top of page

Sexual Education and Its Importance

What I wish I was taught at school and how things have changed since then.


A person pointing to a diagram involved in sex education

Sexuality is an important topic of discussion now more than ever. Society is more and more willing to discuss the ideas around one's sexual orientation, sexual health and gender identity. This, at least to me, is a rather different time than when I was younger and in school. We were certainly on our way to having more open discussions around these essential subjects but not to the extent we are today. Having learned more about them on my own volition and curiosity, I do sometimes feel that these things could have been taught to me when I was younger so that I could have a greater understanding of them going into the adult world. Talking more with my friends who are a similar age to myself (early twenties) we found there were some things we agreed could have been expanded on during our time at school. Learning more about the vast spectrum of sexuality and gender identity, practising safe sex and looking out for signs of abuse in a relationship were the main aspects we felt could have been taught sooner. Stemming from this, I have dug further into how sexual education is taught now and the development of this essential area of learning.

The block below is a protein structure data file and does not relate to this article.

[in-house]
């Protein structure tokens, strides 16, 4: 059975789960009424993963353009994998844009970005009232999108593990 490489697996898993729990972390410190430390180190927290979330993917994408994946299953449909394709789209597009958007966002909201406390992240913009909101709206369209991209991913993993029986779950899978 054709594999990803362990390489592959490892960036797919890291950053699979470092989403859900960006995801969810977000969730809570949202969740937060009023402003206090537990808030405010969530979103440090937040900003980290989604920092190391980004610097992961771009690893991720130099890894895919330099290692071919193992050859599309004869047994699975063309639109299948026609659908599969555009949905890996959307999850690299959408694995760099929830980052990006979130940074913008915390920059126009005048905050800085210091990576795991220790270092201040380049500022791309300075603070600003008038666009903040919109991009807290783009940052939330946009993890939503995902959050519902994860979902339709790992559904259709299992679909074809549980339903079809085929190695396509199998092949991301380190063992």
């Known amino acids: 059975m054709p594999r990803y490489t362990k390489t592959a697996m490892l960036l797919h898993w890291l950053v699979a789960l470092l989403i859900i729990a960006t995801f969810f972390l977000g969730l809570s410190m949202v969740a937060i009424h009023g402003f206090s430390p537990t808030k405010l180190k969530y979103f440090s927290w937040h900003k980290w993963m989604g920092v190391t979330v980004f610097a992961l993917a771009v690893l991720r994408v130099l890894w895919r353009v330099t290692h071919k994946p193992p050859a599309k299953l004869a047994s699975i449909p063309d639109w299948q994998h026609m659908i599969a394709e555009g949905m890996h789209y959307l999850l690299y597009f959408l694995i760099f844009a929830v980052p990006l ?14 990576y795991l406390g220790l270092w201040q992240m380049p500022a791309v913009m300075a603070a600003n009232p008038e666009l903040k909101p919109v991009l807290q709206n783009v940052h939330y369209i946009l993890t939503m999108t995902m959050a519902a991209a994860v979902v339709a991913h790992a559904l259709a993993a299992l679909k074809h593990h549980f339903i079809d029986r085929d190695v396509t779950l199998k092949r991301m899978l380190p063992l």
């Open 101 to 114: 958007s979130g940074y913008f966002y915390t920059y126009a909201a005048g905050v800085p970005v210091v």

Sexuality is an important topic of discussion now more than ever. Society is more and more willing to discuss the ideas around one's sexual orientation, sexual health and gender identity. This, at least to me, is a rather different time than when I was younger and in school. We were certainly on our way to having more open discussions around these essential subjects but not to the extent we are today. Having learned more about them on my own volition and curiosity, I do sometimes feel that these things could have been taught to me when I was younger so that I could have a greater understanding of them going into the adult world. Talking more with my friends who are a similar age to myself (early twenties) we found there were some things we agreed could have been expanded on during our time at school. Learning more about the vast spectrum of sexuality and gender identity, practising safe sex and looking out for signs of abuse in a relationship were the main aspects we felt could have been taught sooner. Stemming from this, I have dug further into how sexual education is taught now and the development of this essential area of learning.


Thinking back to my sex education classes in school, I can only really remember basic sexual health practices and about consent (I’m sure most people around my age remember the Tea consent video). From memory, I don’t recall anything related to sexual orientation, gender identity and looking for signs of abuse. Even the sexual health section could have been explored further with contraception and who to speak to regarding your sexual health. I believe that these are important areas to discuss, especially for younger people where these things are not so apparent when you are this age and greater context would be much appreciated for their lives going forward.


How is sexuality taught today?